Simon Gray’s protagonists are usually men, who are often sexually ambivalent and who are trapped in difficult situations by the persistence of their companions and by their own personality defects. In Gray’s early plays, the situations were treated farcically. In Wise Child (pr. 1967, pb. 1968), for example, a criminal who is masquerading as a woman cannot escape from his male lover, and in Dutch Uncle (pr., pb. 1969), a husband, who has fallen in love with a male police officer, fails again and again in efforts to murder the wife who stands in his way. It is Dutch Uncle, with its continual interruptions, which most clearly foreshadows Otherwise Engaged; similarly, inept protagonists reappear in Butley (pr., pb. 1971) and in Quartermaine’s Terms (pr., pb. 1981).
With Butley, his first major hit, Gray established the pattern of his later plays, which concentrate on intellectuals whose confusion and frustration is reflected in their indulgence in word games. Ben Butley is a university professor who detaches himself from others, especially from his young homosexual office mate, by the use of language; at the end of the play, unlike Simon Hench, he realizes that his troubles are of his own making. Gray’s next professor, St. John Quartermaine, is one of his most sympathetic protagonists. As anxious to become a part of others’ lives as Hench and Butley are to distance themselves, Quartermaine drives people away because of his dullness and his banal conversation. Despite his real kindness, he is used, snubbed, and finally fired. Probably he is as close to a tragic character as any of Gray’s protagonists.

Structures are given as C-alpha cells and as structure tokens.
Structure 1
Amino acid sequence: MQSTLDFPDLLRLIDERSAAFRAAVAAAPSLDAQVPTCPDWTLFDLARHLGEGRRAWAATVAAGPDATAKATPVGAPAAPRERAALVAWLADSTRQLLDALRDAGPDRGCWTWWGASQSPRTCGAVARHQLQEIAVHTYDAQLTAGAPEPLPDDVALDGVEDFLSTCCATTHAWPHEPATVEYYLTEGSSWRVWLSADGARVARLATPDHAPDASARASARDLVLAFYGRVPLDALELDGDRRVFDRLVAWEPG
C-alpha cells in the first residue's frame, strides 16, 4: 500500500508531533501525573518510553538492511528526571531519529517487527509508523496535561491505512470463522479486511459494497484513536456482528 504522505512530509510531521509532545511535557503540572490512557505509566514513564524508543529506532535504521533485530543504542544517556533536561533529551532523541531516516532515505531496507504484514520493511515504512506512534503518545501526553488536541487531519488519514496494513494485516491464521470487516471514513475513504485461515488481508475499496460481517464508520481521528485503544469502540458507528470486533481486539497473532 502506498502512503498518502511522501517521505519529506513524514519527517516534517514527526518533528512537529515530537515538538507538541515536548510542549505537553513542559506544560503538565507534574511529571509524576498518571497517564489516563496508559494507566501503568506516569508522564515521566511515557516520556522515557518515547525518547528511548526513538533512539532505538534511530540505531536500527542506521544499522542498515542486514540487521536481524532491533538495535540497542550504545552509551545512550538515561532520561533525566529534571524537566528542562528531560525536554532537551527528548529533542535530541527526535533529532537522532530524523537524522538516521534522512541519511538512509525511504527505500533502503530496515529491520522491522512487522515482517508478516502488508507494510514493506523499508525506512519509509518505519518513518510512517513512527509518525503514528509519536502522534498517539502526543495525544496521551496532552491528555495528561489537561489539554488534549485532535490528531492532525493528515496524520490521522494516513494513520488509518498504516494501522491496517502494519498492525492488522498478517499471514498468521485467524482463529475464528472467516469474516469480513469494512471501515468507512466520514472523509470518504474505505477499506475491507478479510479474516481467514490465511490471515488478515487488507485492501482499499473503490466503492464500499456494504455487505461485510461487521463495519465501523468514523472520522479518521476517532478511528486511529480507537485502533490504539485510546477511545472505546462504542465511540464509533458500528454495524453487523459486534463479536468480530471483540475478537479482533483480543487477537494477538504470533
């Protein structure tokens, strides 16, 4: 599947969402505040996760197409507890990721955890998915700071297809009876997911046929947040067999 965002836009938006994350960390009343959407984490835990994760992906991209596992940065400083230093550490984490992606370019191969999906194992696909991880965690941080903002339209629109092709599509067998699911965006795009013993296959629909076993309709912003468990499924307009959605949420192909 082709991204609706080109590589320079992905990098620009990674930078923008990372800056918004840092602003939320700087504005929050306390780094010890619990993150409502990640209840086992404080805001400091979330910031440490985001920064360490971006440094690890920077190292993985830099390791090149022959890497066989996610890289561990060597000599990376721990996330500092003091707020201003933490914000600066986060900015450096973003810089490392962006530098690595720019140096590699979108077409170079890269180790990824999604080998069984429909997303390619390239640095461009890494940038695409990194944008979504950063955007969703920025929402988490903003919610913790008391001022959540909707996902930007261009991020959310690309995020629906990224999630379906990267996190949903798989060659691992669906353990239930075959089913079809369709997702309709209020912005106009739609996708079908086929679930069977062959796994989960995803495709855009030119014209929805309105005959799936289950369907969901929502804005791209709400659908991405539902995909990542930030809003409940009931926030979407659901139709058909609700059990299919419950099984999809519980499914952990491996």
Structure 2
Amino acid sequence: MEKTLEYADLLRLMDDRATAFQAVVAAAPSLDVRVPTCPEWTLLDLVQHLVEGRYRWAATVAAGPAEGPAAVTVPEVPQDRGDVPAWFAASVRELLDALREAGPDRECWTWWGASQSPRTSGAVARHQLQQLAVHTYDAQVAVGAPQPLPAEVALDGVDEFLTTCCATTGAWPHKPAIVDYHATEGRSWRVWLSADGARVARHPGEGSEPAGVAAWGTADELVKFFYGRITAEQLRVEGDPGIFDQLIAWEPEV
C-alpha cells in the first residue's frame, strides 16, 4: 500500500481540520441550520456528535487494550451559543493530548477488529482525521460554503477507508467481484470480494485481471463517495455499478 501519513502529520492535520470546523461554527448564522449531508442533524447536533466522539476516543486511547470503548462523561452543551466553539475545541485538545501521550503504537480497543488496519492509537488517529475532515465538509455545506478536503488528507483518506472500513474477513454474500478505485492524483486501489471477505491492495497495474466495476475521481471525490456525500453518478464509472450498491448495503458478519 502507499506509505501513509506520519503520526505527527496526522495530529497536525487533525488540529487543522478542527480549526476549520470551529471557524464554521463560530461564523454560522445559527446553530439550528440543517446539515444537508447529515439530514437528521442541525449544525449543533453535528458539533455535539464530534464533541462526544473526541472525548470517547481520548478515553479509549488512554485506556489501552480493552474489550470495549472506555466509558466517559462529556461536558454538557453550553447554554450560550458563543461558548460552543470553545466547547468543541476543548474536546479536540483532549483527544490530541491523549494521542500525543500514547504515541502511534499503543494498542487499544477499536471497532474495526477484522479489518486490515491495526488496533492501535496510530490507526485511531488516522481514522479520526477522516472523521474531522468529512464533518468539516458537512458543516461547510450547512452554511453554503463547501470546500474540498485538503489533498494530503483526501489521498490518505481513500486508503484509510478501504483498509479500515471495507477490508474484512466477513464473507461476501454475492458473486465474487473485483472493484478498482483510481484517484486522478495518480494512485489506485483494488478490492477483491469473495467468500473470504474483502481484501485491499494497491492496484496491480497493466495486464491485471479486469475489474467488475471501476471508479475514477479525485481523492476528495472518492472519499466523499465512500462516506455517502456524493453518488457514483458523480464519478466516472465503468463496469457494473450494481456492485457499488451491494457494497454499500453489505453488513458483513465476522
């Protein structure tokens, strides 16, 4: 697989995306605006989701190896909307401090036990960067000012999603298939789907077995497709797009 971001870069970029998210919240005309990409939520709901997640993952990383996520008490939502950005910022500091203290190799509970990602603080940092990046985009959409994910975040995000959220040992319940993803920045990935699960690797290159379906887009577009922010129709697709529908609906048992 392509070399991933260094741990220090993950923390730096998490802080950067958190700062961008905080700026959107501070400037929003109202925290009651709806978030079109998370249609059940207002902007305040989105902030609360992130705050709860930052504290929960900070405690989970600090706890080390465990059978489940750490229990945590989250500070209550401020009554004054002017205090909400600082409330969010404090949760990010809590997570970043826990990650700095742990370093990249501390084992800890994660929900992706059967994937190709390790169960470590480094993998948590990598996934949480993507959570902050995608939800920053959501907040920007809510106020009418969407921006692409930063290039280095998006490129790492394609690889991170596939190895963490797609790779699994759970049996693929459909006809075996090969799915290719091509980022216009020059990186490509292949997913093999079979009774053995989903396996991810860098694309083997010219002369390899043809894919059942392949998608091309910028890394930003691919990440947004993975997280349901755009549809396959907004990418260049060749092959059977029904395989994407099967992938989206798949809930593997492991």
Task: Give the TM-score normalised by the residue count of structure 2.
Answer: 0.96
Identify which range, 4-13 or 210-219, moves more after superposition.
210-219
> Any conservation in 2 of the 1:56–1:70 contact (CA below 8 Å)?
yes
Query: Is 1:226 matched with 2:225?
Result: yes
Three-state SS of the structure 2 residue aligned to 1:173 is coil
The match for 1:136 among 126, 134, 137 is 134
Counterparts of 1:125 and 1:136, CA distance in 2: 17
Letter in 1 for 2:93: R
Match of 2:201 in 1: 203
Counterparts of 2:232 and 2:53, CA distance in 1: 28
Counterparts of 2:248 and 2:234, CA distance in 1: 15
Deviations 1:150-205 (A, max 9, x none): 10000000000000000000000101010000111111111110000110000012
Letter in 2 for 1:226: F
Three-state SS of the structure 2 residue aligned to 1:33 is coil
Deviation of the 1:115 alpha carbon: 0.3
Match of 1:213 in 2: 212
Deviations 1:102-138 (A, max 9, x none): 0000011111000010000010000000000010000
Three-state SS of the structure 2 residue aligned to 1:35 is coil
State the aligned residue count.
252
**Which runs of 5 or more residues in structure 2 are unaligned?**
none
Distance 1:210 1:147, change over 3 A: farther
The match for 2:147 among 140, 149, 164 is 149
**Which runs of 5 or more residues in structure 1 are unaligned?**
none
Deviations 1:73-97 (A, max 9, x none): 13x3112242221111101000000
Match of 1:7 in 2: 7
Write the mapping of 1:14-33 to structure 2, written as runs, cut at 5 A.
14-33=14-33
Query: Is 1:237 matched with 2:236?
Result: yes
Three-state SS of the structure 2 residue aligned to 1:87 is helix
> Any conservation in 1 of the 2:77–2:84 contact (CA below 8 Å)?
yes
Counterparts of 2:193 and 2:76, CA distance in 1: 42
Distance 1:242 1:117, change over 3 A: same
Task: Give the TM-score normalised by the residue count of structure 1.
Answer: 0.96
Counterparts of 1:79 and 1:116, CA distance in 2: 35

A later play, The Common Pursuit (pr., pb. 1984), brings together a group of college friends, five men and one woman; fifteen years after graduation they have attained some measure of success but have lost their reasons for living. Like Butley, Otherwise Engaged, and Quartermaine’s Terms, it focuses on the pervasive sense of alienation and purposelessness in society, which is the stuff of tragedy. Critics generally praise Gray’s skill in turning such materials to comic uses, pointing out that in masterful plotting, in verbal subtlety, and in psychological insight, he excels among contemporary playwrights.